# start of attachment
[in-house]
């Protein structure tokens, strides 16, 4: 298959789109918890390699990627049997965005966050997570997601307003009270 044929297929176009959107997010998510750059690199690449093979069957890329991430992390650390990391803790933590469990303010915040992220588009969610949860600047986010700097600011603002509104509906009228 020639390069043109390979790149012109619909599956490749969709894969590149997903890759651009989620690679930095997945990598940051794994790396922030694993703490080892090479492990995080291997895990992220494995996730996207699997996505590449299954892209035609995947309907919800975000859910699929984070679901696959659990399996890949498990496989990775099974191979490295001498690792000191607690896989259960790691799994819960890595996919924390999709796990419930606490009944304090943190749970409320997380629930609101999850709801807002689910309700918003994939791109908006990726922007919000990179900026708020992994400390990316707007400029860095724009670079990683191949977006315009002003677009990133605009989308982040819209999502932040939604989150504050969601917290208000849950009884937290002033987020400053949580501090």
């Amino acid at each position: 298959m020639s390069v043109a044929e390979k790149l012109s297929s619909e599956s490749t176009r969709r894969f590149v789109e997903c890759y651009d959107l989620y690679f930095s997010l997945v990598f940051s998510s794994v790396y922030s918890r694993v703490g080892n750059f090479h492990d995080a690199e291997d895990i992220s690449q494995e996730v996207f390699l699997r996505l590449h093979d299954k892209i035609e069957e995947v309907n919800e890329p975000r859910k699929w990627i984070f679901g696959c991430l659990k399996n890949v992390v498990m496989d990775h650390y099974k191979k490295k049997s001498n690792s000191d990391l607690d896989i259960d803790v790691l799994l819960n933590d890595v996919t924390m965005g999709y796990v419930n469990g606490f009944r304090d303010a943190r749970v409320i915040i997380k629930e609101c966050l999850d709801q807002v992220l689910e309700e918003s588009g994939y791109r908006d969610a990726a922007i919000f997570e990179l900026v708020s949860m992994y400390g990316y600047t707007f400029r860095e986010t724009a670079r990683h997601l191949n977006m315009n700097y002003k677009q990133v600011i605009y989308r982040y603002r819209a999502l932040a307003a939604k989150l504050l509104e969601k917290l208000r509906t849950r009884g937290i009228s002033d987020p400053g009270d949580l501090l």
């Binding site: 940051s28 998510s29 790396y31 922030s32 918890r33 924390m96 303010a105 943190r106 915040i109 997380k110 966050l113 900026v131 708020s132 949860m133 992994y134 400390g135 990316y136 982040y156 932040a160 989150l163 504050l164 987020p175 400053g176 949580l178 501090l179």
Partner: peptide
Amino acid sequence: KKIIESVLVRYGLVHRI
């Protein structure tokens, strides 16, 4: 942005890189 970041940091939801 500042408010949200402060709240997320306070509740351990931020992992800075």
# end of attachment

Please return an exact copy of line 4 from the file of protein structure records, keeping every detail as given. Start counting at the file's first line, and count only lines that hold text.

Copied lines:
């Binding site: 940051s28 998510s29 790396y31 922030s32 918890r33 924390m96 303010a105 943190r106 915040i109 997380k110 966050l113 900026v131 708020s132 949860m133 992994y134 400390g135 990316y136 982040y156 932040a160 989150l163 504050l164 987020p175 400053g176 949580l178 501090l179």